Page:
Mastan did not operate a gang of his own. He depended on the muscle-power from gang leaders like Karim Lala and Varadarajan Mudaliar to carry out his smuggling operations and intimidate rivals and debtors. Mastan and Varadarajan were best friends as they both hailed from Tamil Nadu and spoke Tamil. When Varadarajan died in Tamil Nadu as an impoverished man, Mastan hired a private chartered plane to bring his body to Mumbai for final rites.
Mastan had many friends in Bollywood such as Dilip Kumar, Raj Kapoor, Dharmendra, Feroz Khan and Sanjeev Kumar.
During the Indian Emergency (1975 - 77), he was imprisoned. Whilst in prison, he was influenced by the ideals of politician Jaiprakash Narayan. In prison, he began learning Hindi. Later he went on haj, and thereafter came to be referred as Haji Mastan.
He devoted time for his meetings with the poor, solving their problems through financial assistance and his contacts.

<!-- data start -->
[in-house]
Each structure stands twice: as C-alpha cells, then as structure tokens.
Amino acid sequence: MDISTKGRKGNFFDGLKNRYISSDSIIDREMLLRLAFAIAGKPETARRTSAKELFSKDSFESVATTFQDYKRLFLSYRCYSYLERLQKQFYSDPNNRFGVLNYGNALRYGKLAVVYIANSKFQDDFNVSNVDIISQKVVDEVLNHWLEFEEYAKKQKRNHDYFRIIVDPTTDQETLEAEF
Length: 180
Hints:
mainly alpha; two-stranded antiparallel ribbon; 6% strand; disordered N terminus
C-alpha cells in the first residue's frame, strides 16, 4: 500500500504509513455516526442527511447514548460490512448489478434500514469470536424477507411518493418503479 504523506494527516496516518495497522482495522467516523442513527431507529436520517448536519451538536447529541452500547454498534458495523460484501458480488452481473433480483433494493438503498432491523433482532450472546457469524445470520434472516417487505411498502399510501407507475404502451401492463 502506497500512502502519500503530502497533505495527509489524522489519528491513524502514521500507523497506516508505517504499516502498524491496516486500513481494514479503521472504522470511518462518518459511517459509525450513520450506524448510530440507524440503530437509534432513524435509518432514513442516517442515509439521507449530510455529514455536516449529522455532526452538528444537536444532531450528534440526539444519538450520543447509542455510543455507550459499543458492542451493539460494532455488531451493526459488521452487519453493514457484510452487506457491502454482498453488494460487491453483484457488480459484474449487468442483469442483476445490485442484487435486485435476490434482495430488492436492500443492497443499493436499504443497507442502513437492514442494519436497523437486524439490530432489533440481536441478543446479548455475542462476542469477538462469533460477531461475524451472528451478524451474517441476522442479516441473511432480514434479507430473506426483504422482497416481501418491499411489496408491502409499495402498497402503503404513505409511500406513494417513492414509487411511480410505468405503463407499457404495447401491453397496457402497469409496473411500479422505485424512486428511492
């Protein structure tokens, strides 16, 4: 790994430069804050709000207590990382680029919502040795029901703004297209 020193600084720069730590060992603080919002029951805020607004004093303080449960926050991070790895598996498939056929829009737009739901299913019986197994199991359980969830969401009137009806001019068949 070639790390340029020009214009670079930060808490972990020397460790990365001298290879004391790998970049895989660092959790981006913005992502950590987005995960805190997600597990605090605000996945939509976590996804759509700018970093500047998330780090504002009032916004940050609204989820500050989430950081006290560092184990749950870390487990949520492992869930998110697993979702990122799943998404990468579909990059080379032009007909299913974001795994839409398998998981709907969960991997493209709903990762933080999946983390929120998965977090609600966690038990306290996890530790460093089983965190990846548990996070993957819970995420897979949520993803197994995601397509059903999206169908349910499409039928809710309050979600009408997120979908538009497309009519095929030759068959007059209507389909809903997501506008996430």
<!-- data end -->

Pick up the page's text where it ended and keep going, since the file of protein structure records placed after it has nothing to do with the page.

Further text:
Haji Mastan became a Muslim leader in 1984 and formed Dalit Muslim Surakhsha Maha Sangh in 1985, which had Doulatram Kawle as a corporator. Haji Mastan died on 9 May 1994, of cancer.
The 1975 film Deewaar was loosely based on Haji Mastan's life. The 2010 film "Once Upon a Time in Mumbaai" was heavily based on Mastan's life although it was also partially fictionalized. Actor Ajay Devgn portrayed the character of Haji Mastan (as Sultan Mirza) in the film while Emraan Hashmi portrays underworld don Dawood Ibrahim (as Shoaib Khan). On 25th May 2017, it is announced Rajnikanth's forthcoming movie will be Kala Karikalan which is believed to be based on gangster Haji Mastan. His foster son Sundar Shekar Mishra sent a notice to Rajinikanth on knowing this from news reports. Wunderbar Films (of actor Dhanush), however, issued a statement clarifying that the movie is not based on the life of Haji Mastan.
Haji Mastan had no son so he informally adopted Sundar Shaekhar. He raised him as his own son, and the latter now runs his political party named 'Bharatiya Minorities Suraksha Mahasangh'. Shaekhar who was born Hindu didn't convert to Islam, but Mastan used to call him "Suleman Mirza".